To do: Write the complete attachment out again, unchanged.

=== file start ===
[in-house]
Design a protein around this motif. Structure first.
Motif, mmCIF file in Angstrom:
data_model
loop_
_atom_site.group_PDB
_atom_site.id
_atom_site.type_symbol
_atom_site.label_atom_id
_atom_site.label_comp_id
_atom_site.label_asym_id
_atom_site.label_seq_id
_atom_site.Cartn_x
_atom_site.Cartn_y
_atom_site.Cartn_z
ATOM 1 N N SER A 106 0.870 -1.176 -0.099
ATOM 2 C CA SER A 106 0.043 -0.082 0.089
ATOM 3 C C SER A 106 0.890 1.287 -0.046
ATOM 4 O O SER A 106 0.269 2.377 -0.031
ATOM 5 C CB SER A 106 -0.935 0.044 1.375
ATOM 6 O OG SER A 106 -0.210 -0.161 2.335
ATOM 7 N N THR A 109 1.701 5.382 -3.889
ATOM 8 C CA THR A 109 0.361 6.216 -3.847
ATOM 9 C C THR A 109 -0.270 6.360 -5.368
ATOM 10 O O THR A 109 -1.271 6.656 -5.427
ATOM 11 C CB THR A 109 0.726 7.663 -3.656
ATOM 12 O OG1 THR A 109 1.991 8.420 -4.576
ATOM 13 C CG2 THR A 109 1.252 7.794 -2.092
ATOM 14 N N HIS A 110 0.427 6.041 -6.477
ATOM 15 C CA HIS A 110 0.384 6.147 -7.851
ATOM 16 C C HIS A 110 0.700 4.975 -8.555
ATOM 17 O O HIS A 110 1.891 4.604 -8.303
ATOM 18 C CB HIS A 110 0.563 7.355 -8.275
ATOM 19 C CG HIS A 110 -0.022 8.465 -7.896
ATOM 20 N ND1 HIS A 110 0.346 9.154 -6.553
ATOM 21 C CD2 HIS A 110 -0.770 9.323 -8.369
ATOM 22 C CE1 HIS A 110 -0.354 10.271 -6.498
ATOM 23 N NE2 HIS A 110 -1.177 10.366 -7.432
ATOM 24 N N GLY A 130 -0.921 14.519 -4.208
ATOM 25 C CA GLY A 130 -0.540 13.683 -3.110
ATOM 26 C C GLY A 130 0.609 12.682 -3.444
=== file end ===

[in-house]
Design a protein around this motif. Structure first.
Motif, mmCIF file in Angstrom:
data_model
loop_
_atom_site.group_PDB
_atom_site.id
_atom_site.type_symbol
_atom_site.label_atom_id
_atom_site.label_comp_id
_atom_site.label_asym_id
_atom_site.label_seq_id
_atom_site.Cartn_x
_atom_site.Cartn_y
_atom_site.Cartn_z
ATOM 1 N N SER A 106 0.870 -1.176 -0.099
ATOM 2 C CA SER A 106 0.043 -0.082 0.089
ATOM 3 C C SER A 106 0.890 1.287 -0.046
ATOM 4 O O SER A 106 0.269 2.377 -0.031
ATOM 5 C CB SER A 106 -0.935 0.044 1.375
ATOM 6 O OG SER A 106 -0.210 -0.161 2.335
ATOM 7 N N THR A 109 1.701 5.382 -3.889
ATOM 8 C CA THR A 109 0.361 6.216 -3.847
ATOM 9 C C THR A 109 -0.270 6.360 -5.368
ATOM 10 O O THR A 109 -1.271 6.656 -5.427
ATOM 11 C CB THR A 109 0.726 7.663 -3.656
ATOM 12 O OG1 THR A 109 1.991 8.420 -4.576
ATOM 13 C CG2 THR A 109 1.252 7.794 -2.092
ATOM 14 N N HIS A 110 0.427 6.041 -6.477
ATOM 15 C CA HIS A 110 0.384 6.147 -7.851
ATOM 16 C C HIS A 110 0.700 4.975 -8.555
ATOM 17 O O HIS A 110 1.891 4.604 -8.303
ATOM 18 C CB HIS A 110 0.563 7.355 -8.275
ATOM 19 C CG HIS A 110 -0.022 8.465 -7.896
ATOM 20 N ND1 HIS A 110 0.346 9.154 -6.553
ATOM 21 C CD2 HIS A 110 -0.770 9.323 -8.369
ATOM 22 C CE1 HIS A 110 -0.354 10.271 -6.498
ATOM 23 N NE2 HIS A 110 -1.177 10.366 -7.432
ATOM 24 N N GLY A 130 -0.921 14.519 -4.208
ATOM 25 C CA GLY A 130 -0.540 13.683 -3.110
ATOM 26 C C GLY A 130 0.609 12.682 -3.444